The British Parliament has received a report commissioned from an American social media expert to establish whether there was any truth in the theory that Russia encouraged support for independence in Catalonia through different websites that posted fake news. Perhaps you remember the issue. It was discussed for several days last September, and then it persisted in the media, since both newspaper El País and leading Spanish think tank Real Instituto Elcano led a propaganda campaign on the subject. Both declared in no uncertain terms that there was Russian interference in the Catalan process and that a legion of bots - automated social network profiles capable of turning any information into a trend - were put to use in favour of the independence of Catalonia. The report to the British Parliament could not be more conclusive, stating that the theory of interference by the Russians is based on "sloppy" and "one sided" analysis and that the arguments are "weak and inaccurate"; the text also contains many other pearls that discredit the work of the newspaper involved. End of story.
It is not the first time that this has happened, but sometimes the rapid evolution of events prevents us from stopping and reflecting on the great media lie in which we are immersed, and we are witness to the construction of falsehoods often without enough tools to do more than complain or raise our voices a little. But beyond this particular case, already serious enough on its own, I am going to quote - if only as an example - seven more lies that have been circulating recently, some of them political and others economic. Even if it only serves to show how a lie can be deconstructed in real time.
Number one: the Catalan government carried out an act of rebellion. A serious accusation which Spain's Supreme Court has placed on the table and which has been questioned by justice systems in several countries. Germany has rejected it in the case of president Puigdemont, Switzerland has distanced itself, Belgium is playing for time although its judges don't see it either, and Scotland has postponed the trial until July. In the end, it seems that rebellion will be for local use only, since if the crime demands violence, the goal now will have to be constructing the first-ever rebellion without violence.
Lie number two: public funds were misappropriated for independence purposes. With regard to this, it is Spain's treasury minister himself, Cristóbal Montoro, who has opened up a considerable breach in the Supreme Court summary with his statements that public funds were not used for the referendum. The minister said as much in an interview and a senior official said so in parliament buildings. The judge seems to have got enough information from the Civil Guard reports and not demanded the essential report from the finance ministry's experts. A mistake. Now, Llarena proposes that the minister reaches agreement on the subject with the head of the Civil Guard unit investigating the case. Sensational. "Made in Spain".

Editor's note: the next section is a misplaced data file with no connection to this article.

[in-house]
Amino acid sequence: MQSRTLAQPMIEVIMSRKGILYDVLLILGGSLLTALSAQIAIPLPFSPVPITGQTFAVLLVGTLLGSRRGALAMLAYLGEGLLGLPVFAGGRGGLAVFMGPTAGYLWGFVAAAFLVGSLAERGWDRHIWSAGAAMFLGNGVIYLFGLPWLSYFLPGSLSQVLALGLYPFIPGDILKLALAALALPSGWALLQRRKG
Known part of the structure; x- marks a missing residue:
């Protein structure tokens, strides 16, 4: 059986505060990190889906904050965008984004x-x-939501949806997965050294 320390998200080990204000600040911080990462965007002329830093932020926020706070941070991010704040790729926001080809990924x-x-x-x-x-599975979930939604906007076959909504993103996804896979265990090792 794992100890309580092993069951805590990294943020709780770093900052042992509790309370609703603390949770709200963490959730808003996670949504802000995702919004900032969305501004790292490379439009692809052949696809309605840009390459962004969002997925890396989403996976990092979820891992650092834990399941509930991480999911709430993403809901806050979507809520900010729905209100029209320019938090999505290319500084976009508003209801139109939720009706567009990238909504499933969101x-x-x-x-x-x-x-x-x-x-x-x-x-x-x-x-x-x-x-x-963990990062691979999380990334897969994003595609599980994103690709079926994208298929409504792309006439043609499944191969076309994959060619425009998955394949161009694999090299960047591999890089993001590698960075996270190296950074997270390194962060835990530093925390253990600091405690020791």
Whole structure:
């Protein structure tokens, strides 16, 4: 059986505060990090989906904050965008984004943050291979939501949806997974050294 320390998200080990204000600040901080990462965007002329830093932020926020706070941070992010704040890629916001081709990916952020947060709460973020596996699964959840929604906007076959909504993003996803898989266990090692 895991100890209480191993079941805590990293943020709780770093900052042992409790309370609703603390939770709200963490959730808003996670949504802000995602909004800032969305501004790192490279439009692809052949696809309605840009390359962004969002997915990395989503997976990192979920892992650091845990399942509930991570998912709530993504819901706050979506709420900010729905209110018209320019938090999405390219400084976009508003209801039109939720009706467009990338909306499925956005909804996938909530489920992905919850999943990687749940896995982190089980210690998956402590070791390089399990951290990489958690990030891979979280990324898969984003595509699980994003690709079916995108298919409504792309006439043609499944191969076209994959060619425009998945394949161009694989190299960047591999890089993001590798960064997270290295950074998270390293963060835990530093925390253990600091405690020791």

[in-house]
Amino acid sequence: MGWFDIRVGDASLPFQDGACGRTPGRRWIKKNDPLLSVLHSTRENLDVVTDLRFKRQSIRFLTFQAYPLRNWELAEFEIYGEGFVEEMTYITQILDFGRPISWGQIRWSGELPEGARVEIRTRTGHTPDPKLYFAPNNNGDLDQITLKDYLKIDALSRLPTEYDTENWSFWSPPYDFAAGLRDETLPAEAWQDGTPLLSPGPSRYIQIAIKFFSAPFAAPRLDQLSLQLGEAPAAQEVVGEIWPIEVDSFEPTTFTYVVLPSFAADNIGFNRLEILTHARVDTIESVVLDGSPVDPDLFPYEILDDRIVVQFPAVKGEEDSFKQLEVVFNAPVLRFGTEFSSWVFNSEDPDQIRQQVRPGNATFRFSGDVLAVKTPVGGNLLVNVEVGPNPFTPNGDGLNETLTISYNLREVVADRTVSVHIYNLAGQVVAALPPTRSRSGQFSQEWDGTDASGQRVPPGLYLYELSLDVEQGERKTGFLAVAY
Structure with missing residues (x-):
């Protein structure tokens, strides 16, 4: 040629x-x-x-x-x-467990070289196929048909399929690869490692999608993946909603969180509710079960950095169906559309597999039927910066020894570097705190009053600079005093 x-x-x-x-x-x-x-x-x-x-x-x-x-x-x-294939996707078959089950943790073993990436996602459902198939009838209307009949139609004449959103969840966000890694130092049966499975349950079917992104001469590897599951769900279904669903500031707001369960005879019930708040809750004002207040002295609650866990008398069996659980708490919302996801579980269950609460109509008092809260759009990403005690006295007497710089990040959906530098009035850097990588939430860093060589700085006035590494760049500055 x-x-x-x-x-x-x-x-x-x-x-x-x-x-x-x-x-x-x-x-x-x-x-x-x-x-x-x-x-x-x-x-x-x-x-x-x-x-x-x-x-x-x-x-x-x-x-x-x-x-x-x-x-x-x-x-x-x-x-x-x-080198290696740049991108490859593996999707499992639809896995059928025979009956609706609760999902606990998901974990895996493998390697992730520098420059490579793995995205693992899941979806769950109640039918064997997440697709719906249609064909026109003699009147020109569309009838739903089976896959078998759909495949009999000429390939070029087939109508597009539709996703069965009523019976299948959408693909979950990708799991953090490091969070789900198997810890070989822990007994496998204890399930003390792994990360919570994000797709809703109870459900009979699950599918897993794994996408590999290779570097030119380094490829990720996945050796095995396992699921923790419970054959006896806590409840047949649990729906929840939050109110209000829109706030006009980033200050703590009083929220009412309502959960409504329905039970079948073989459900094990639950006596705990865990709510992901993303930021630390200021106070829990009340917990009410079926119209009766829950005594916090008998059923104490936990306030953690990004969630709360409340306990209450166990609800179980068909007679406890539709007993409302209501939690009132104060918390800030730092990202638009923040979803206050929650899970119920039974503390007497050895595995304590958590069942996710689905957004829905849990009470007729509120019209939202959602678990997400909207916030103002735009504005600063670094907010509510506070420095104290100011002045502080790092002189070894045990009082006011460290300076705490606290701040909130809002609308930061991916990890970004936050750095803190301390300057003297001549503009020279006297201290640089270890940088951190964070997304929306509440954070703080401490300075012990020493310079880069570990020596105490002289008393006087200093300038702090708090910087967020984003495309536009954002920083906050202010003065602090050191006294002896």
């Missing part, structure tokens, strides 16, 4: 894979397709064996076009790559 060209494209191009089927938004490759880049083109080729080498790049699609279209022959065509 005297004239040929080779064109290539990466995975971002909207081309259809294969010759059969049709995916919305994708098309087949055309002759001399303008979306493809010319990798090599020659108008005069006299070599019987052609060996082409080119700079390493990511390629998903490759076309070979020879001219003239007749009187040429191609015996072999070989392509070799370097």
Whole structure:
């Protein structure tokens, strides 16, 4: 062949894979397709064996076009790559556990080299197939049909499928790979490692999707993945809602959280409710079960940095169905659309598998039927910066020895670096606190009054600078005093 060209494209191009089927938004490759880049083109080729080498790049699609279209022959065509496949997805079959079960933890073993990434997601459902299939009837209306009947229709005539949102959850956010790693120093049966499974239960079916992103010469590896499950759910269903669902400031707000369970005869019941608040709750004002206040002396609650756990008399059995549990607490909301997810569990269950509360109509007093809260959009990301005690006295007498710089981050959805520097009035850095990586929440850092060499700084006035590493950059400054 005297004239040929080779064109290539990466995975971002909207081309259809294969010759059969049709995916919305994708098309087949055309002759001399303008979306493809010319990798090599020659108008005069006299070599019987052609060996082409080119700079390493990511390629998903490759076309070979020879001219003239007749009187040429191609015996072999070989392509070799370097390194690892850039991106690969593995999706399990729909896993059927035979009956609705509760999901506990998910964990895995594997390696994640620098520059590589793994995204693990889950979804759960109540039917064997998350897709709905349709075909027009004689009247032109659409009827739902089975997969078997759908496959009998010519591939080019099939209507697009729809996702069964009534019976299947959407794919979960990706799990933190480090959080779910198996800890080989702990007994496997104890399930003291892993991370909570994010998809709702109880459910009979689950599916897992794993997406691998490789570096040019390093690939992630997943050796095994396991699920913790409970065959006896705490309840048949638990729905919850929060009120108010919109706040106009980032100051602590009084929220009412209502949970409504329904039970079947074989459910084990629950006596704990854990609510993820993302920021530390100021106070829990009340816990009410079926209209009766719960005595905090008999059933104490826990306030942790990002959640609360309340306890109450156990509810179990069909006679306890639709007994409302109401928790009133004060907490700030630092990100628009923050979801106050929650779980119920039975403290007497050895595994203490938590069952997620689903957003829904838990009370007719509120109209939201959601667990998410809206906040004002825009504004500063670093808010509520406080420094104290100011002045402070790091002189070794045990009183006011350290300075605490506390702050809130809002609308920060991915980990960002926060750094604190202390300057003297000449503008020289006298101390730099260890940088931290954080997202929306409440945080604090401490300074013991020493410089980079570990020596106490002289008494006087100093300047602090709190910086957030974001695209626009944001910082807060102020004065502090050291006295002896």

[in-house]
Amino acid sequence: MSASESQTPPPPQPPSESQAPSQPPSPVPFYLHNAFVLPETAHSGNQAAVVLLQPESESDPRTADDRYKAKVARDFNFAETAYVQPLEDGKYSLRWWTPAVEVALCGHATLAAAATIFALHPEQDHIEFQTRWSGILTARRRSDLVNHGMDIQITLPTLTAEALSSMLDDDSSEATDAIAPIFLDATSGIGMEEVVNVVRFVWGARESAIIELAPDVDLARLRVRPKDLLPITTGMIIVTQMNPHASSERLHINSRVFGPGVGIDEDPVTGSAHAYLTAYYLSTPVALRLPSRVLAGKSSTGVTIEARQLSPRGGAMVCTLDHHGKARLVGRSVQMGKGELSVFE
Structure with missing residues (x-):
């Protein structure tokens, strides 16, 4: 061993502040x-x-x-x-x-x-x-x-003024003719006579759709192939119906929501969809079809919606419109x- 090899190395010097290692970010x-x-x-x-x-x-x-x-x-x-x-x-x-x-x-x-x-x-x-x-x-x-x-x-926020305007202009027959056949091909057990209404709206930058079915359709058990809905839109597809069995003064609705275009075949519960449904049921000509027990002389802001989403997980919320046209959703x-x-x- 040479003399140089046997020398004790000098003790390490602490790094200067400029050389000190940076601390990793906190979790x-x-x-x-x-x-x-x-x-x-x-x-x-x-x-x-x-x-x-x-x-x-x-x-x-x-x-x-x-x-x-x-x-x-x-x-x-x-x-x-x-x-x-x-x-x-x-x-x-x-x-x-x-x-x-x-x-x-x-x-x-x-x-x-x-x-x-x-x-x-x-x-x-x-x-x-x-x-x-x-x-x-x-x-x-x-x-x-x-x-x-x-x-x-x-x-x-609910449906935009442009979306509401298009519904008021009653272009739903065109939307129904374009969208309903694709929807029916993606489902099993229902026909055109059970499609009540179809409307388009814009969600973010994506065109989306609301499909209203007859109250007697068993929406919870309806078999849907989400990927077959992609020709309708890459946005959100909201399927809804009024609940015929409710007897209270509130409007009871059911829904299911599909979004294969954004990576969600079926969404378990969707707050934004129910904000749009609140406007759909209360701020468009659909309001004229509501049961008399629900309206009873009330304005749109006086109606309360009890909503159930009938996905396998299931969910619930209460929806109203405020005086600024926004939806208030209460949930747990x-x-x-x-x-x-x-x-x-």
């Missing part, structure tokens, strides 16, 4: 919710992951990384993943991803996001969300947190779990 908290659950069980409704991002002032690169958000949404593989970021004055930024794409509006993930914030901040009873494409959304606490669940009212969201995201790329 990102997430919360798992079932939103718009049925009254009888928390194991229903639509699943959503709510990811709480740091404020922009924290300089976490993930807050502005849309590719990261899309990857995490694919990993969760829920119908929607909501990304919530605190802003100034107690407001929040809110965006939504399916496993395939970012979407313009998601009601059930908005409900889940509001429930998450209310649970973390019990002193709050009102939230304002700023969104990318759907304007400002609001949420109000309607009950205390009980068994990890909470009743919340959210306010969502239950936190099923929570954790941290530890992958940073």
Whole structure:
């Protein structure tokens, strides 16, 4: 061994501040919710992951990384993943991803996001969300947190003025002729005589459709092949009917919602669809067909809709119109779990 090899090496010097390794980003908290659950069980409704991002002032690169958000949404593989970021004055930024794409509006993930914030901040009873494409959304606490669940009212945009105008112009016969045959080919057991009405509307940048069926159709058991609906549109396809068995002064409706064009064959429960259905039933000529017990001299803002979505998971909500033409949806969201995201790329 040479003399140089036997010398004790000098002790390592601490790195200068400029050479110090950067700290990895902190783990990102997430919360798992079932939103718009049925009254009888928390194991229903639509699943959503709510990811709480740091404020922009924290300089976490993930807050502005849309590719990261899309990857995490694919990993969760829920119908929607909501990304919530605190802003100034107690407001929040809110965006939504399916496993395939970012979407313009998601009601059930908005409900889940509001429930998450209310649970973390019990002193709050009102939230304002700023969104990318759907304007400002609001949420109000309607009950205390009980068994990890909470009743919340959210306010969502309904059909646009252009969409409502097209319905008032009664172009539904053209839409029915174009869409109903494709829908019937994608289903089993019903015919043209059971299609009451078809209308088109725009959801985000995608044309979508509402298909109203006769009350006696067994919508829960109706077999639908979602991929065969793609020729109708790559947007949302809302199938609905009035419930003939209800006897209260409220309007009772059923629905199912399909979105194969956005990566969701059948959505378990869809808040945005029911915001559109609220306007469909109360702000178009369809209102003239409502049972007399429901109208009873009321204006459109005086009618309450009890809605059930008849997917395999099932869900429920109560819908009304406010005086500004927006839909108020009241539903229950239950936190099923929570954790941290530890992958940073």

It was also said that the process would be lethal for the Catalan economy. Although Catalonia had to cope with a Jihadist terror attack in Barcelona and Cambrils in August last year and unprecedented police repression of people on the streets of dozens of towns and cities around the country, economic growth was 3.4% above the 2016 total, three-tenths of a percent more than in Spain and one point above the Eurozone average. With everything working against it, the progress made by the Catalan economy was very good. The IMF and the real estate body AIReb have had to recognize their error this week. How far would the economy have gone under different conditions?
The effect on Catalan exports will be noticed, they said. In the months of January and February, the latest available data, growth was 4.9% and represented 24.4% of all Spanish exports. No further comment required.
Tourism will crumble. This also was false. In January, Catalan tourism growth was the highest in Spain after the Canaries. And in February it also grew compared to 2017. Let's go back to the question raised about economic growth in general: what if the police had not made an impact internationally through those shocking images?
The port of Barcelona will lose momentum. The statistics given by its president, Sixte Cambra, should make many people blush. The port is the fastest growing in Europe with a 18.5% rise in the first quarter of 2018 - and that is enormous.
And finally, the airport at El Prat. Seventh-ranked in Europe and the fastest growing in the continent's top ten.
Eight lies are more than enough. In fact, just one of these would be enough to discredit anyone propagating it. But here are eight, and the list could go on.